Believe it or not, the word Houyhnhnms
appears in most English dictionaries. According to Webster's New World College Dictionary, 4th Edition
is pronounced either "hoo-IN-um" or "HWIN-um."
A Houyhnhnm, of course, is one member of a fictional race of intelligent and ethical horses that appears in Jonathan Swift's Gulliver's Travels. Their reliance on reason and their innocent ethicality is contrasted with the Yahoos, who Gulliver describes as "the most filthy, noisome, and deformed animals which nature ever produced." Because of his pride, however, Gulliver fails to see the similarities between the human race (including himself) and the Yahoos, whose "heads and breasts were covered with thick hair . . . but the rest of their bodies were bare. . . . They had no tails and often stood on their hind feet."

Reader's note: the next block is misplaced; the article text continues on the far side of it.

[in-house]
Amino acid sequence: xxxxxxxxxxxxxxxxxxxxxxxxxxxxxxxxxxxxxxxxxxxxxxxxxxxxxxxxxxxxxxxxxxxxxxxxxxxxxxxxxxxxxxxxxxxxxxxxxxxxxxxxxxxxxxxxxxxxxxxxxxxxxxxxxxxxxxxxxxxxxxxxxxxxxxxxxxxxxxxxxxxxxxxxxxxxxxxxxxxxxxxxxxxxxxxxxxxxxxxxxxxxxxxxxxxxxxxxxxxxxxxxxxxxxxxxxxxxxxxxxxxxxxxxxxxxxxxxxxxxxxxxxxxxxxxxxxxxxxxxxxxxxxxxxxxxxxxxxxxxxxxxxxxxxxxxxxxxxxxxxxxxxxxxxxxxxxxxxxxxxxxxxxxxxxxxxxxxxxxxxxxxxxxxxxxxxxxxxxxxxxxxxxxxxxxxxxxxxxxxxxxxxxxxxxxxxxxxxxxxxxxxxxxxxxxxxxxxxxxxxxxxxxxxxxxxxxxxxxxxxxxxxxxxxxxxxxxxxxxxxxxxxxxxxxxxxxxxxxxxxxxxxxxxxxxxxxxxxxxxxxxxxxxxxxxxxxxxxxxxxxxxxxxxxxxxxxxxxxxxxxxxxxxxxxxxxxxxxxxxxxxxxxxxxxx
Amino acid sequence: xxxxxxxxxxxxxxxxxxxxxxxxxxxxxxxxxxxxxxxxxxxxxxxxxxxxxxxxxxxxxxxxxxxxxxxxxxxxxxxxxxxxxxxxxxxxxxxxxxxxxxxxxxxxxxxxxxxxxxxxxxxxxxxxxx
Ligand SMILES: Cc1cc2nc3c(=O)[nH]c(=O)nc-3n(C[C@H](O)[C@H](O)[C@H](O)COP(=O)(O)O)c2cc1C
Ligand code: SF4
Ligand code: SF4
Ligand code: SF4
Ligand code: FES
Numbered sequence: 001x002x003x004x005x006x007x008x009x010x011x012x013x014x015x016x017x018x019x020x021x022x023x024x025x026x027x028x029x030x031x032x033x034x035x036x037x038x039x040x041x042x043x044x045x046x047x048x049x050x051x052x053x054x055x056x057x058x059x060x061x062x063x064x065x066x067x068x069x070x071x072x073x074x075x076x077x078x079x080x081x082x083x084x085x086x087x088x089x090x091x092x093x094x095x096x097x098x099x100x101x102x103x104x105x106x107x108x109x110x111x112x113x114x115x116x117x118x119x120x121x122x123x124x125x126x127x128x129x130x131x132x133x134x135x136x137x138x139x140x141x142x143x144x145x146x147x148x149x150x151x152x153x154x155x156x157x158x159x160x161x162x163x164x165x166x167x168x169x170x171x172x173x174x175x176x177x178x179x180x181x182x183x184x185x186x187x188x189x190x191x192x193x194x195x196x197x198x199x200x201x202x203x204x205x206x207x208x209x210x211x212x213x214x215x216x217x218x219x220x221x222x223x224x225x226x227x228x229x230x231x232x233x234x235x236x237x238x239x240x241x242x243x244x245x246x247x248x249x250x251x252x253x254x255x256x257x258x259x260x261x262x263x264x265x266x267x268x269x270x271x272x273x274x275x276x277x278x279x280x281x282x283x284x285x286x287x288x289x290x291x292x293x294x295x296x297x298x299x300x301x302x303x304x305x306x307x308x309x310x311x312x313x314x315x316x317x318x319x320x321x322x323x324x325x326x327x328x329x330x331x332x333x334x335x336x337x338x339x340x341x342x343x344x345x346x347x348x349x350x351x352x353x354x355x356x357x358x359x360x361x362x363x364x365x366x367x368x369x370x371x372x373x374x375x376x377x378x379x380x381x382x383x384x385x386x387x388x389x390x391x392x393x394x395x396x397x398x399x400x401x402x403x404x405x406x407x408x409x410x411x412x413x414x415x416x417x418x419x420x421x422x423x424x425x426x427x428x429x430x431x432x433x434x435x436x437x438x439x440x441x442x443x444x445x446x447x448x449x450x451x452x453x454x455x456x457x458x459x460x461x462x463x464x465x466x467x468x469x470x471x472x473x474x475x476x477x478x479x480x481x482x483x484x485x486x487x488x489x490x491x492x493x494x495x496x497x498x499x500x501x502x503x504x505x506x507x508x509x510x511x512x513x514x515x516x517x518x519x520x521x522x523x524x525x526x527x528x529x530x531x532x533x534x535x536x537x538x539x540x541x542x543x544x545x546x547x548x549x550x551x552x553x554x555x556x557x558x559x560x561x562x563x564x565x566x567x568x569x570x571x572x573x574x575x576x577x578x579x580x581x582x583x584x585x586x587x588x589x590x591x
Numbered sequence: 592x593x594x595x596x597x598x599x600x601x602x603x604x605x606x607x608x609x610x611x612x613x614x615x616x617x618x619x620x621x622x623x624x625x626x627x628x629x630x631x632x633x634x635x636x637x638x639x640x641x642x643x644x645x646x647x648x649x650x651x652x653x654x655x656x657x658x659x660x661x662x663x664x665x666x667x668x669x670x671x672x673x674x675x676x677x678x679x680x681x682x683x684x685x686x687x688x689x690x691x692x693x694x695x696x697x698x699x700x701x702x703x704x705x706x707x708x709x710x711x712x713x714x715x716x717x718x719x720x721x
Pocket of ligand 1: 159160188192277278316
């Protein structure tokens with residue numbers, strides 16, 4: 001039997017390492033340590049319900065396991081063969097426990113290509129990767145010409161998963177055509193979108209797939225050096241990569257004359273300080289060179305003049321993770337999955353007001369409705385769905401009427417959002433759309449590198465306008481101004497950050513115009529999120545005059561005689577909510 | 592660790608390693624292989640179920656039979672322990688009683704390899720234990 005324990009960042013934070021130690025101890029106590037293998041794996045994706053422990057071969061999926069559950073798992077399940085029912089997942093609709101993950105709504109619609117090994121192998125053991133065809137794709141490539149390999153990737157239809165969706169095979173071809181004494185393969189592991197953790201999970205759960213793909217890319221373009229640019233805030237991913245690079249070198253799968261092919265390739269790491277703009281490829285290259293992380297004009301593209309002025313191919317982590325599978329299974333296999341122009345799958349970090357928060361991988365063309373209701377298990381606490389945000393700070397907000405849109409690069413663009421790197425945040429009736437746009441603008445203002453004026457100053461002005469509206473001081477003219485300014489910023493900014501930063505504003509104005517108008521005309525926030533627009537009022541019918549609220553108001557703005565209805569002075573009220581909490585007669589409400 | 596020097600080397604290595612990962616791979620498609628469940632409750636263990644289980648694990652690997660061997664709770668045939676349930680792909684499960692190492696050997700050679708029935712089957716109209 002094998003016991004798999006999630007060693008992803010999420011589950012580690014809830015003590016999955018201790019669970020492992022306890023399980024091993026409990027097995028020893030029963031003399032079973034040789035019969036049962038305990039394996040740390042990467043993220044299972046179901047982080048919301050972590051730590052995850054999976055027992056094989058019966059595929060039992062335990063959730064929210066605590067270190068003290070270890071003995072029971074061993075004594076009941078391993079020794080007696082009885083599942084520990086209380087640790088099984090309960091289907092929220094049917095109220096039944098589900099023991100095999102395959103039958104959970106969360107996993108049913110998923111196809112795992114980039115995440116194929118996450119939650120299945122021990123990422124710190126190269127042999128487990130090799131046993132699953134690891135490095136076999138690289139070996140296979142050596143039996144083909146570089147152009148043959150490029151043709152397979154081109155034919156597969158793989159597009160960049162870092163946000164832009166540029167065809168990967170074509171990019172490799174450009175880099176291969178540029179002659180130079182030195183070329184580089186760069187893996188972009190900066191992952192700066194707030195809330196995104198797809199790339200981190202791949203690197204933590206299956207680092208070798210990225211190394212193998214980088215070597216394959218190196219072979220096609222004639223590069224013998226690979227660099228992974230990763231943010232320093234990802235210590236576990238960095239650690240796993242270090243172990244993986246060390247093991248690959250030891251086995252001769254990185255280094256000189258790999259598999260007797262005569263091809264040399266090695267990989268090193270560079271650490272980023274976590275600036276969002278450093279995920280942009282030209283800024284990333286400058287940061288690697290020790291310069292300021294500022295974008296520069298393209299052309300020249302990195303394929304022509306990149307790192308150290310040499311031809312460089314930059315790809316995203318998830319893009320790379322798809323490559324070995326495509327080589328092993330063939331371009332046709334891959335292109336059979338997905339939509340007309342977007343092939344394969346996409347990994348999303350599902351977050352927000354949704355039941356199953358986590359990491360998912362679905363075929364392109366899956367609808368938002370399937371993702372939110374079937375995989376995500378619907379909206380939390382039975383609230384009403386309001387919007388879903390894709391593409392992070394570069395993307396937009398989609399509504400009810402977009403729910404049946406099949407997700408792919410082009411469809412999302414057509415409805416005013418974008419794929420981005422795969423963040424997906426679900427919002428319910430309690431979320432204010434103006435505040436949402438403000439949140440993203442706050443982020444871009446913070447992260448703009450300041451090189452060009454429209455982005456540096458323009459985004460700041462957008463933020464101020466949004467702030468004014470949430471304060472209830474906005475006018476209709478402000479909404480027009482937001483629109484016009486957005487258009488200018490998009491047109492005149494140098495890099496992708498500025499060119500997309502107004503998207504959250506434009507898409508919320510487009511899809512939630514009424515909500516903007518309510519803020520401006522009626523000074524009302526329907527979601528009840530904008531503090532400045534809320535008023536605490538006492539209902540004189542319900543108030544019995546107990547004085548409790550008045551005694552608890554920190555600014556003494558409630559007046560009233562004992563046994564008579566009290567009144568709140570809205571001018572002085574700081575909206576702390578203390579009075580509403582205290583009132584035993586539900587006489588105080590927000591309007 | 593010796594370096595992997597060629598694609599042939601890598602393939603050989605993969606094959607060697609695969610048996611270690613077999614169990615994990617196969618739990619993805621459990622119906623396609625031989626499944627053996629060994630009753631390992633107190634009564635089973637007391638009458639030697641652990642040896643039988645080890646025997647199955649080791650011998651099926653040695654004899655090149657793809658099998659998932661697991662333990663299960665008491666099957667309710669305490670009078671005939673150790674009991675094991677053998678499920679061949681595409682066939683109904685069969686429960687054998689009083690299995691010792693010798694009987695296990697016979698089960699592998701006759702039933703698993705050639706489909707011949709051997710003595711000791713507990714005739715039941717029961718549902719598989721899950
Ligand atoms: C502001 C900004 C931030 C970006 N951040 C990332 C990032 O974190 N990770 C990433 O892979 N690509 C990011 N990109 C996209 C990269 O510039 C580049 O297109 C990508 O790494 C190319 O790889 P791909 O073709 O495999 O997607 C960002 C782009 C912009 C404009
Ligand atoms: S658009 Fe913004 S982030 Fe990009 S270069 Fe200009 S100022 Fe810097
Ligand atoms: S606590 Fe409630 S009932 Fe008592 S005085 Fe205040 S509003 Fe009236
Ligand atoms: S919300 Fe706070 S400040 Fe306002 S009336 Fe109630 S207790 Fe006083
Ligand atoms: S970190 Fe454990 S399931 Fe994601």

The Houyhnhnms and Yahoos represent two extremes of mankind, with Gulliver both literally and figuratively stuck between them: the Houyhnhnms represent absolute innocence and icy-cold reason, and the Yahoos represent the depravity of mankind.
As much as he tries to become like the horses, Gulliver cannot rid himself of his Yahoo-ness, and the Houyhnhnms send him away.